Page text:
Magazine article Work & Family Life

Teaching Kids to Take a 'Good Guess'

Magazine article Work & Family Life

Teaching Kids to Take a 'Good Guess'

Article excerpt

How many passengers can be transported in a day on New York City subway trains? How tall is a ten-story building? How many barrels of oil does the U.S. import each year? Most of us Google the answers to questions like these, but that may not be the best approach - especially for the parents of school- age children.

Researchers who have studied the science of learning describe "estimation" as the essential foundation for more advanced math skills. The ability to make a good guess is important for the abstract reasoning students need to do in order to get good grades in school and, later on, jobs in a knowledgebased economy. Estimation can also sharpen one's ability to use logic.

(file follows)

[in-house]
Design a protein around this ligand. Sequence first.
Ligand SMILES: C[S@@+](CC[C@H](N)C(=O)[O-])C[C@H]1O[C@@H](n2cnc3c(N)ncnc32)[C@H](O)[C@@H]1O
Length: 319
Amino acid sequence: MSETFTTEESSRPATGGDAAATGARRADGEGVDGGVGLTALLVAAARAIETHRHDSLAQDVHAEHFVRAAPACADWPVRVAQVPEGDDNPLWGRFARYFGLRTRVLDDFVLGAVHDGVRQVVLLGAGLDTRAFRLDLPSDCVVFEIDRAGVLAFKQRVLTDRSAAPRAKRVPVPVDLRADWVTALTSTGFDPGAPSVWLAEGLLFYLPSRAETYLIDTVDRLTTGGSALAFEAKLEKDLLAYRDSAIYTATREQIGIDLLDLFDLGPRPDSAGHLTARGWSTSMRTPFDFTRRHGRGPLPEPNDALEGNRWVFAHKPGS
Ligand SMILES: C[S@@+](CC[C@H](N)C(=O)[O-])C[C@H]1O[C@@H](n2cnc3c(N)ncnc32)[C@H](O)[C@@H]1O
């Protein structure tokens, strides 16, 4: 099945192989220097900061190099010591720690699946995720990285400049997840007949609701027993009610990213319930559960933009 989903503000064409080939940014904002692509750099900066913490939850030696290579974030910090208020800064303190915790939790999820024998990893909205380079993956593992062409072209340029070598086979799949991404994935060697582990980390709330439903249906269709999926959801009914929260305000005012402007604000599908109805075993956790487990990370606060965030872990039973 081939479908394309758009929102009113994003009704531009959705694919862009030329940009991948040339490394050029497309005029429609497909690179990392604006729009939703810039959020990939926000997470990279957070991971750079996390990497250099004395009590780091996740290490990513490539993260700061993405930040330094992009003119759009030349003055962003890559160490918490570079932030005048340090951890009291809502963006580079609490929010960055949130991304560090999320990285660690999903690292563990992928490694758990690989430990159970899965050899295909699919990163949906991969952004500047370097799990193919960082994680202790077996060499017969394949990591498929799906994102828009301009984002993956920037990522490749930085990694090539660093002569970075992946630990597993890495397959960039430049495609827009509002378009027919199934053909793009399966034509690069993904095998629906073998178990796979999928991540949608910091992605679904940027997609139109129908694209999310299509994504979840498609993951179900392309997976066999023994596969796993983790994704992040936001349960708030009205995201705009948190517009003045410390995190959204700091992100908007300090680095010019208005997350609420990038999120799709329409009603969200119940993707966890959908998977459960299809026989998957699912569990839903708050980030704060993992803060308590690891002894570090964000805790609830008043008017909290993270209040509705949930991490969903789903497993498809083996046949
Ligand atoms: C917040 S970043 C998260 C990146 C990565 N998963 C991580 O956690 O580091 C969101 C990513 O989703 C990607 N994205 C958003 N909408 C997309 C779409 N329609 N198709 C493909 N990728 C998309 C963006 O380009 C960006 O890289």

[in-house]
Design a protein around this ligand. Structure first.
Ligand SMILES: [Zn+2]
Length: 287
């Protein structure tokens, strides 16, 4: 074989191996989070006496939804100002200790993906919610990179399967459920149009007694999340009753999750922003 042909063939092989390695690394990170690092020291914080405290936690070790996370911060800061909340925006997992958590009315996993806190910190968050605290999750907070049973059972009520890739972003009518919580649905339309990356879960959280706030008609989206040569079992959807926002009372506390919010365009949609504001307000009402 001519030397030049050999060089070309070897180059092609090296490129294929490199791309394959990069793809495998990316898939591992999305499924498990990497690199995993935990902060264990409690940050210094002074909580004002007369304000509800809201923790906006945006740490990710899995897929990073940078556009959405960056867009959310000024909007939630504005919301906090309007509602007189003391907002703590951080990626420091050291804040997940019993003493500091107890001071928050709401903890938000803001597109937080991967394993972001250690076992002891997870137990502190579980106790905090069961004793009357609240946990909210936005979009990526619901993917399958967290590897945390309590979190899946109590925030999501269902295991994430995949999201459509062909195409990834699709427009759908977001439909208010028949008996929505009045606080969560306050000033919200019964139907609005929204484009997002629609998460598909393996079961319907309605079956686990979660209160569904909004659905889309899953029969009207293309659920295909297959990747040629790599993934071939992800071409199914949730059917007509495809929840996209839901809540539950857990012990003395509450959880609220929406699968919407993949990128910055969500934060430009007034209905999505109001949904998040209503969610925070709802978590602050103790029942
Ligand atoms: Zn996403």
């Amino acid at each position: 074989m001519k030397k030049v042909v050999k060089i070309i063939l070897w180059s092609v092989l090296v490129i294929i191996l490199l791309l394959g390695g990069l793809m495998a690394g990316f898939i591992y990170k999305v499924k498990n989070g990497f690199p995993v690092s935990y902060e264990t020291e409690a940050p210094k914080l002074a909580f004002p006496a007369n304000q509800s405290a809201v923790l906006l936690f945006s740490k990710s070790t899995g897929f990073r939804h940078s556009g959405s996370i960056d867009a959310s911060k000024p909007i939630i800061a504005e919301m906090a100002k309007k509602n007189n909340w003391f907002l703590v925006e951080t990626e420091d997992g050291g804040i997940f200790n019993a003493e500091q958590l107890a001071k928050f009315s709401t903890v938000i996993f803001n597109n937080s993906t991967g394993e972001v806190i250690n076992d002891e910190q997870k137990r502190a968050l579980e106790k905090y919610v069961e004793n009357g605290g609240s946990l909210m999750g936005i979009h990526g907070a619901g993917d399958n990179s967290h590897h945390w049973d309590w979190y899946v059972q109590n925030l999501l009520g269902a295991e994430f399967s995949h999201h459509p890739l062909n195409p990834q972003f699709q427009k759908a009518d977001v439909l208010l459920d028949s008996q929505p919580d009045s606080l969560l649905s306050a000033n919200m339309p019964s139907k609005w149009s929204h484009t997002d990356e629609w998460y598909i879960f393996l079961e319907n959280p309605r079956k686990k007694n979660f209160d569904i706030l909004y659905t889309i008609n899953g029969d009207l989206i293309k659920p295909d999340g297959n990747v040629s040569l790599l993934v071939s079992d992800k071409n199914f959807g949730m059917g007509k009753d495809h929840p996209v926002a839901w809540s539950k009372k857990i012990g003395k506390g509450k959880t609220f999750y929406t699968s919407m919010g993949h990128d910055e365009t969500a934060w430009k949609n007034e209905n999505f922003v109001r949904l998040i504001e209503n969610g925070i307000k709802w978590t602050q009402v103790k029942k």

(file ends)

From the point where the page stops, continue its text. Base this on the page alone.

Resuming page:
Of course, we all know how to "guesstimate." We do it all the time. And parents can foster a child's guessing skills in many ways. For example, you might ask your child to predict how many M&Ms there are in a package or how many different cereals there are on the shelves at the supermarket.

Another way is to play board games. Flicking a spinner, rolling dice and counting out spaces to move forward can help kids "adjust the number line that they carry around in their heads," says Sharon Griffin, a professor of education at Clark University. …

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